by Brendon Nafziger
, DOTmed News Associate Editor | May 30, 2013
From the May 2013 issue of HealthCare Business News magazine
[Biomeds] really need to understand wireless. When you look at the IT world, more and more things are being pushed to the wireless environment. And there are a lot of challenges in the wireless environment. We need to be up to speed about how that’s evolving. We tend to sometimes say, “It’s wireless, now we can connect.” We can, but should we? Do we really understand what else is hanging off that wireless network? And if the network goes down, what’s our backup plan? Do we have a downtime procedure?
Because of meaningful use, because of interoperability, because of multiple EHRs, because of multiple middleware companies, because of IEC 8001, all these different network parameters and standards and workflows, you have to be able to speak the same language as your network administrators. Without it, you risk having IT take a component of your medical equipment inventory related to networks, because the users will demand network interoperability with those devices. If you’re going to have ownership of the total lifecycle of the equipment, you have to know how it’s connected to the network.
One thing I always look for as a hiring manager is customer service and familiarity with dealing with clinical staff. You are the frontline liaison between caregivers. So if you’re going to be a biomed tech, you have to know what a lap coil is, you have to be familiar with sterile processing standards and sterile technique in an OR. You have to know a little bit about your work environment as it relates to the caregivers and your customers. But it’s difficult to do.
Patrick Lynch, president of Healthcare Technology Management Association of South Carolina:
HTM staff need to become much more knowledgeable about not only the big picture concerning the digital hospital of the future, but the detailed working and interactions that relate to medical devices. For the overview, I recommend the training program developed by the ONC to train experienced health care workers to be a part of the implementation of the digital hospital. I also see that every BMET and engineer needs A+ certification. Some will need Network+. But these skills will be lost if they are not used in one’s daily job. It seems to work better if the necessary IT skills and knowledge can be incorporated into the basic training for specific medical equipment. For example, when teaching ultrasound, all aspects of reporting and image transfer should be discussed. This includes configuration, image export and PACS interconnection.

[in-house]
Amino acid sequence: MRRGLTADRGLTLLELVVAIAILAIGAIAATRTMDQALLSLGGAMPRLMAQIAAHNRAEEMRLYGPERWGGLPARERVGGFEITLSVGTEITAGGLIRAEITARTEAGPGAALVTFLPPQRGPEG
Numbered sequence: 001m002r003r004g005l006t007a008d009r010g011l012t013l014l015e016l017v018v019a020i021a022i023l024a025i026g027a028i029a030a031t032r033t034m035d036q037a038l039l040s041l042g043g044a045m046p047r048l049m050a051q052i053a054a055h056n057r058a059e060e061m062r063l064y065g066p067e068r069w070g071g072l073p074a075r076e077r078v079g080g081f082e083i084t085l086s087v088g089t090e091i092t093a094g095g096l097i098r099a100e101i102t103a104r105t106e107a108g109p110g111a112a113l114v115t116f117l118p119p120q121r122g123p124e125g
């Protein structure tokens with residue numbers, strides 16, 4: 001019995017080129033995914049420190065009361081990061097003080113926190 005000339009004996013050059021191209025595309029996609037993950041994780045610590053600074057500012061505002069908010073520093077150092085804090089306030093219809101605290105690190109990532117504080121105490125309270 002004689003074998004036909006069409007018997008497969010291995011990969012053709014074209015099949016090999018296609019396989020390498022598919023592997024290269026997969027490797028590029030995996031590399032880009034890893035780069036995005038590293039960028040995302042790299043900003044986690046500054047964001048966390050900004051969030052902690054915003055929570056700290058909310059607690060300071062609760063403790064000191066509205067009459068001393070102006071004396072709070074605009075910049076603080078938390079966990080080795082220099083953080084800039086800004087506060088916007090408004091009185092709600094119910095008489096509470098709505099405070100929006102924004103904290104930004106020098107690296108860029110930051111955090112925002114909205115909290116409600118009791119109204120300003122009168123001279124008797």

Fred McMurtrie, president of Florida Biomedical Society:
I conditionally agree with Pat’s statement. However, I don’t believe that every biomed needs to become a certified network engineer. What we should have and what I think Pat is getting at are the basic understanding of how IT works and a rudimentary vocabulary of HIT terms. This will allow us to converse intelligently with our health care information technology team. However in the broader sense, biomeds need to have a basic understanding of all the technologies. I have been working in this profession for almost 30 years, and I can tell you that change is inevitable. You will never learn all you need to know without self study and dedication to continuing education.
DMBN: As some of you have mentioned, CE and IT departments are required to collaborate more and more — up to the point where, in the words of Ray Shingler of Spartanburg Regional, cited in an Aramark advertorial, “the gap between biomed support and technology support” has narrowed. Similarly, a recent ECRI Institute “informal poll” found about one-third of CE departments report directly to the CIO or IT department head. What are the main challenges in getting CE and IT departments working together, and how can hospital leadership make sure this integration goes smoothly?